To launch our coverage of Indiana’s election of a new secretary of state, the following report was written by Indiana journalists Barb Berggoetz and Steve Hinnefeld for The Indiana Citizen.
Sept. 20, 2022
Indiana will elect a new secretary of state in November as a fresh spotlight glares on these once-obscure offices across the nation — with most of the officeholders, as in Indiana, elected to serve as their state’s chief elections officer in a time of deepening concerns over continuing threats to democracy.
State-level elections for secretary of state are typically routine affairs in which voters reliably cast ballots for the standard bearer of their preferred party. But not this year.
Unprecedented attention already is on Indiana’s three still-unfamiliar candidates — one candidate in particular — and their views on how elections should be run and on who really won the 2020 presidential election.
Diego Morales, the Republican nominee, has expressed views on both questions that are at times inconsistent. He is opposed on Nov. 8 by Democrat Destiny Wells and Libertarian Jeff Maurer.
“Ordinarily, secretary of state is a sleepy race,” said Robert Dion, a University of Evansville political scientist, “but the national environment really makes election administration very, very important.”
“January 6 explains everything,” Dion added, referring to the attack on the U.S. Capitol by supporters of former President Donald Trump.
Many Republicans think the 2020 election was stolen, polls find, and they want to change voting rules and elect like-minded secretary of state candidates to administer them.
Many Democrats believe the Capitol invasion showed democracy at risk and want to keep “election deniers” out of office.
Evan Bayh, a Democrat who served as secretary of state before becoming governor and later a U.S. senator, said the office at times “touches on the very heart of our democracy and that makes it a very important position the public should pay attention to.
“Our democracy is only as healthy as the integrity of its elections. If the will of the voters is not reflected in the outcome of the elections, then what is the meaning of democracy?”
A recent NBC News poll found “threats to democracy” to be voters’ top concern going into November’s elections — a result Dion said stunned him.
“If you pitch the election as one in which the future of democracy is at stake,’’ he said, “you can’t get a stronger incentive to vote than that.”
In fact, that’s how the races are portrayed by both sides.
On the right, the Trump-allied America First Secretary of State Coalition says the contests are “our most important elections because they are predominantly responsible for the election process in each state.”
On the left, MoveOn, a national California-based progressive public policy advocacy group and political action committee, is targeting secretary of state races for the first time in its 23-year history to defeat Trump-supported candidates and elect “Democrats who will protect our democracy and count every vote.” It’s raising funds for Democrats in Arizona, Georgia, Michigan and Nevada.
A Washington D.C.-based nonpartisan organization, States United Democracy Center, also is raising alarm bells over some candidates for secretaries of state — including Morales — as well as attorney general and governor potentially interfering with election outcomes and voters’ rights.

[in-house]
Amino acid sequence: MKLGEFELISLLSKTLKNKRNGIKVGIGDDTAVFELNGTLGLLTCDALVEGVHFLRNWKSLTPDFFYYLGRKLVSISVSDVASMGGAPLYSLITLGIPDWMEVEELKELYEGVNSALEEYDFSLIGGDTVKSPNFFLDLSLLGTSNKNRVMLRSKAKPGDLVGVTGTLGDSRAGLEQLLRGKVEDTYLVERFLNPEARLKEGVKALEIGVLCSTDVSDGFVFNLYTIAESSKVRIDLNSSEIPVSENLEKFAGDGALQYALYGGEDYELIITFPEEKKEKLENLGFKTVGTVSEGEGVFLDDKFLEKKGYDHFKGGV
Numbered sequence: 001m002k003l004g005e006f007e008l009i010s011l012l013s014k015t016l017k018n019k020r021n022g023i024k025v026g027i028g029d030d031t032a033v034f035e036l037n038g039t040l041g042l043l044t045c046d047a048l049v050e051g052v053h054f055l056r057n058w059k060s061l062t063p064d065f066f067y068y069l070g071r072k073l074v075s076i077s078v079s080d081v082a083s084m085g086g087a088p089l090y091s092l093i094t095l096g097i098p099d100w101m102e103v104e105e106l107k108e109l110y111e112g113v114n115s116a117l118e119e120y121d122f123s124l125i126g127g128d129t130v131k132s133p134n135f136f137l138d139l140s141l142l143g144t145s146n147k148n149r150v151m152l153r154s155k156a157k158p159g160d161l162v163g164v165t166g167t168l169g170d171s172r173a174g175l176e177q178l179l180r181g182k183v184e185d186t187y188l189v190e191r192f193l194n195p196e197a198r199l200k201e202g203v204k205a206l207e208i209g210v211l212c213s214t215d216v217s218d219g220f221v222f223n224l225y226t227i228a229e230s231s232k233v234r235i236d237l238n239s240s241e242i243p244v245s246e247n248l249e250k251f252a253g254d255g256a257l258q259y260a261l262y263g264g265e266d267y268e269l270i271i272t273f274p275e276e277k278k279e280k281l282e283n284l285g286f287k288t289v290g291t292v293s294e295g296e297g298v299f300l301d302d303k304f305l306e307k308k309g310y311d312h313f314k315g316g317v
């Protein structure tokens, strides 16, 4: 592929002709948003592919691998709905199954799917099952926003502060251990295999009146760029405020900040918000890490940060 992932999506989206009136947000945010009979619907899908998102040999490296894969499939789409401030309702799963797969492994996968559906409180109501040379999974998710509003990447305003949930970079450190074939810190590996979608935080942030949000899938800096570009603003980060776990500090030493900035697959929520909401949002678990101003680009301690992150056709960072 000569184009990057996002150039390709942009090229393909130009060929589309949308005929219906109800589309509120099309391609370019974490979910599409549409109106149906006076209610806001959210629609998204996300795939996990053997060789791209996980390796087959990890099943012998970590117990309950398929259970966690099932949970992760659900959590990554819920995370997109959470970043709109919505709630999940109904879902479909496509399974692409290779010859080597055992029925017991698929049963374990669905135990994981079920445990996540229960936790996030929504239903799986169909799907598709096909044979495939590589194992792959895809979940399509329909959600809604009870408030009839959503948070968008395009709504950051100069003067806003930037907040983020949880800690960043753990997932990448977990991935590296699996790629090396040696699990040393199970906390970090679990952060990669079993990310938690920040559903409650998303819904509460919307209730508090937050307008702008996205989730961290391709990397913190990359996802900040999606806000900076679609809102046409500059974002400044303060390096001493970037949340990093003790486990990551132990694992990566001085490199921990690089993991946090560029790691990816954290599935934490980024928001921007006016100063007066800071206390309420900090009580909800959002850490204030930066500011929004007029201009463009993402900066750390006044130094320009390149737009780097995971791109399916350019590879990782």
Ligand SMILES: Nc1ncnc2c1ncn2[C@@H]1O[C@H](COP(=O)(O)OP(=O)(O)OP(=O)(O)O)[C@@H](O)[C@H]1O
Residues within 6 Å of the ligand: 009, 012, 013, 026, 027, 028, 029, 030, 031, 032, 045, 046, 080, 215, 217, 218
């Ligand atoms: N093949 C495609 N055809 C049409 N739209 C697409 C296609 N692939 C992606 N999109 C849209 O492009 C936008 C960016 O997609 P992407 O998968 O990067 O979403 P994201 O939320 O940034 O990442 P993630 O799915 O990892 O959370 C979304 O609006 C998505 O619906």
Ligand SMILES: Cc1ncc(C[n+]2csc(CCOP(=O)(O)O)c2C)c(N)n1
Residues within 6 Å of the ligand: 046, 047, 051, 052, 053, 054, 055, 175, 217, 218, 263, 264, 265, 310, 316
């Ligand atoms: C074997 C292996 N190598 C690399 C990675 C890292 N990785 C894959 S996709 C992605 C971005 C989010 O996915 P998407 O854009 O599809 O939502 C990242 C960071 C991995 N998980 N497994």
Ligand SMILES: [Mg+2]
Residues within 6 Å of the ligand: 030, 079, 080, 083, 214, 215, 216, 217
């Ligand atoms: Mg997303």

The national organization has issued several reports pinpointing key political races, identifying candidates they deem “election deniers,” and tracking election-related legislation. Its sister advocacy non-profit bipartisan group, States United Action, advocates for policies to protect election integrity and prevent threats to the democratic process.
“Election deniers are running for office, including for secretary of state roles, all over the country,” said Joanna Lydgate, CEO of both groups.
“If they win, that would have a huge impact on voters’ experience and their access to the ballot. Although there are checks and balances built into our system, it’s critical that our states’ chief election officials believe in free, fair, and secure election.”
State GOP chairman Kyle Hupfer said he believes Morales will uphold the Republican Party’s long-standing support of maintaining election integrity.
“As a party, we’ve stood for free, fair and transparent elections,” he said, pointing to the Indiana GOP’s successful legal battle to require voters to show IDs at the polls.
“I’m convinced that Diego will continue to ensure that Hoosiers have faith in our election system,” Hupfer said. “I think we’ve got a pretty robust system now. But we always need to be vigilant.”
Historically, said the Democrat Bayh, the office of the Indiana secretary of state facilitates voting and makes sure the laws are enforced.
But the secretary of state doesn’t write election laws about such issues as voter registration or absentee voting, stressed Bayh, an executive in residence for the IU O’Neill School of Public and Environmental Affairs who also serves on several corporate boards of directors.
The role of the Indiana secretary of state in certifying elections, Bayh said, is a clearly defined ministerial role to determine facts and count the legitimate votes. Those who claim these officials have wide discretion to influence election results are misinformed, he added.
“There is not a lot of discretion if you are honorable,” said Bayh, who added his comments should not be seen as reflecting on the current Indiana candidates for the office.